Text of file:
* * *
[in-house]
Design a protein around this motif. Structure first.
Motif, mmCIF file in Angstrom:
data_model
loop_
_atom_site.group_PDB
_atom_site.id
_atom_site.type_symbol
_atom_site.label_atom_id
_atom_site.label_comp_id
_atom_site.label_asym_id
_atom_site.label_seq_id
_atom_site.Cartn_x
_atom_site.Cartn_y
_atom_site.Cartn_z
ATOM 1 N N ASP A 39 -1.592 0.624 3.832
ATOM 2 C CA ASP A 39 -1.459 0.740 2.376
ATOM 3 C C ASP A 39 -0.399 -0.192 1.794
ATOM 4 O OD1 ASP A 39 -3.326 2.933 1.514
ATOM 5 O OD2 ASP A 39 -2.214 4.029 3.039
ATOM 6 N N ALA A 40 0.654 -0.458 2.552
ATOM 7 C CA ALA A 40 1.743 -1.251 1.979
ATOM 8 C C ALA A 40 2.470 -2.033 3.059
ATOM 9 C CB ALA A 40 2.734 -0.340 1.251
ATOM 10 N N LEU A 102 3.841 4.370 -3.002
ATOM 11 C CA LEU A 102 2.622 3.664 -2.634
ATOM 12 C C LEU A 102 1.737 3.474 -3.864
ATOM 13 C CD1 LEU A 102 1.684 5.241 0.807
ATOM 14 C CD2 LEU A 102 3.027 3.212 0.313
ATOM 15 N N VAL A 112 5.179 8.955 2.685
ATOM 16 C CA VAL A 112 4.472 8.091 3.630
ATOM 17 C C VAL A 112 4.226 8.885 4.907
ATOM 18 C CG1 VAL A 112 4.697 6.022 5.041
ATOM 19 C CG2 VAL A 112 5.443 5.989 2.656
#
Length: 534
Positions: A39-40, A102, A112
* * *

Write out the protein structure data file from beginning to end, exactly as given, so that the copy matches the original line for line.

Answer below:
[in-house]
Design a protein around this motif. Structure first.
Motif, mmCIF file in Angstrom:
data_model
loop_
_atom_site.group_PDB
_atom_site.id
_atom_site.type_symbol
_atom_site.label_atom_id
_atom_site.label_comp_id
_atom_site.label_asym_id
_atom_site.label_seq_id
_atom_site.Cartn_x
_atom_site.Cartn_y
_atom_site.Cartn_z
ATOM 1 N N ASP A 39 -1.592 0.624 3.832
ATOM 2 C CA ASP A 39 -1.459 0.740 2.376
ATOM 3 C C ASP A 39 -0.399 -0.192 1.794
ATOM 4 O OD1 ASP A 39 -3.326 2.933 1.514
ATOM 5 O OD2 ASP A 39 -2.214 4.029 3.039
ATOM 6 N N ALA A 40 0.654 -0.458 2.552
ATOM 7 C CA ALA A 40 1.743 -1.251 1.979
ATOM 8 C C ALA A 40 2.470 -2.033 3.059
ATOM 9 C CB ALA A 40 2.734 -0.340 1.251
ATOM 10 N N LEU A 102 3.841 4.370 -3.002
ATOM 11 C CA LEU A 102 2.622 3.664 -2.634
ATOM 12 C C LEU A 102 1.737 3.474 -3.864
ATOM 13 C CD1 LEU A 102 1.684 5.241 0.807
ATOM 14 C CD2 LEU A 102 3.027 3.212 0.313
ATOM 15 N N VAL A 112 5.179 8.955 2.685
ATOM 16 C CA VAL A 112 4.472 8.091 3.630
ATOM 17 C C VAL A 112 4.226 8.885 4.907
ATOM 18 C CG1 VAL A 112 4.697 6.022 5.041
ATOM 19 C CG2 VAL A 112 5.443 5.989 2.656
#
Length: 534
Positions: A39-40, A102, A112